POLICE have been cracking down on motorists committing the ‘fatal four’ driving offences in Dorchester.

Officers were in the town centre this morning in a targeted operation aimed at raising awareness of the most common causes of road accidents and promoting road safety.

The ‘fatal four’ offences of speeding, drink or drug driving, using mobile phone while driving and failing to wear a seatbelt are known to be the main causes of injuries or deaths on the roads.

The operation led by the county town’s Safer Neighbourhood Team saw spotters posted at either end of High East and High West Street to alert officers positioned at North Square of any motorists suspected of committing an offence.

Anyone found to be flouting road traffic laws was then pulled over and given education and advice by police or issued with fixed penalty notices.

The initiative was also designed to enforce the message of the No Excuse road safety campaign that has been running across Dorset over recent years.

PC Mike Brown said: “It’s about looking at the ‘fatal four’ and to tie in with the No Excuse Campaign.

“We have identified that the risk of road deaths increase when people are using mobile phones, not wearing seatbelts, speeding and so on and we are looking out for these things.

“We are then giving them some education about why we ask people not to use mobile phones and to wear seatbelts for their own safety and the safety of other road users.”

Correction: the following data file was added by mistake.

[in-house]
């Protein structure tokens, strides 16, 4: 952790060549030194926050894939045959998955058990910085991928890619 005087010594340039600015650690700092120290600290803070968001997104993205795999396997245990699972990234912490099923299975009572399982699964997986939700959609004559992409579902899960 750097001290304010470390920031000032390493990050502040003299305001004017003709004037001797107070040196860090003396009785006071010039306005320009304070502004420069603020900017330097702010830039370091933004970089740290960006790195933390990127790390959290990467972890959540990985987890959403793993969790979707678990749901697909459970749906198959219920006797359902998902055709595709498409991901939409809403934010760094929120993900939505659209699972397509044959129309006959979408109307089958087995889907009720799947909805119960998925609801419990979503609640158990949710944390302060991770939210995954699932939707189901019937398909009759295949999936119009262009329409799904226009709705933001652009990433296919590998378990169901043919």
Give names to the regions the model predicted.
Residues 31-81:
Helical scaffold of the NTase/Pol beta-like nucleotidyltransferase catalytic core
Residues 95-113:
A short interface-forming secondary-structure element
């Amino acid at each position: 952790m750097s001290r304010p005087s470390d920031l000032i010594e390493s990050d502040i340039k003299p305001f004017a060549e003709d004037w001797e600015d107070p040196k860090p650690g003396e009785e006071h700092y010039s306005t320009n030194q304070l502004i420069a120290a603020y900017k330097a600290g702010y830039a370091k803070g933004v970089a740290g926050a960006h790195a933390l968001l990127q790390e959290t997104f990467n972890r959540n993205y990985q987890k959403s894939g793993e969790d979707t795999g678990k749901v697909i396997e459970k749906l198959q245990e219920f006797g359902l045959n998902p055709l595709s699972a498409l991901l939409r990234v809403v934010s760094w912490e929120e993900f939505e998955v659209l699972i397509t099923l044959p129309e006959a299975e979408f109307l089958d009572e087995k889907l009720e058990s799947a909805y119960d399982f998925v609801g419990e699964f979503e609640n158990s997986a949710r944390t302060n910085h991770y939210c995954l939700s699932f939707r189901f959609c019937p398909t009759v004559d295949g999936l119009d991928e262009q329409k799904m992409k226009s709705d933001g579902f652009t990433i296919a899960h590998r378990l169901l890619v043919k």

He added: “It’s all about raising awareness and educating people and there also needs to be enforcement through penalty tickets or referring people to driver awareness courses for further education.”

A number of vehicles were stopped during the operation, which lasted for an hour and a half, and PCSO Glen Caddy said that a total of nine tickets were issued.

Most of the offending motorists were pulled over for seatbelt and mobile phone offences.

The number of penalty notices issued represented a significant drop since the last time a similar operation was carried out in the town around two years ago suggesting the road safety message was getting through to motorists.

However, PCSO Caddy said that the fact motorists were still committing offences showed that police efforts to educate drivers and raise awareness needed to continue.

He said: “There is still work to be done.”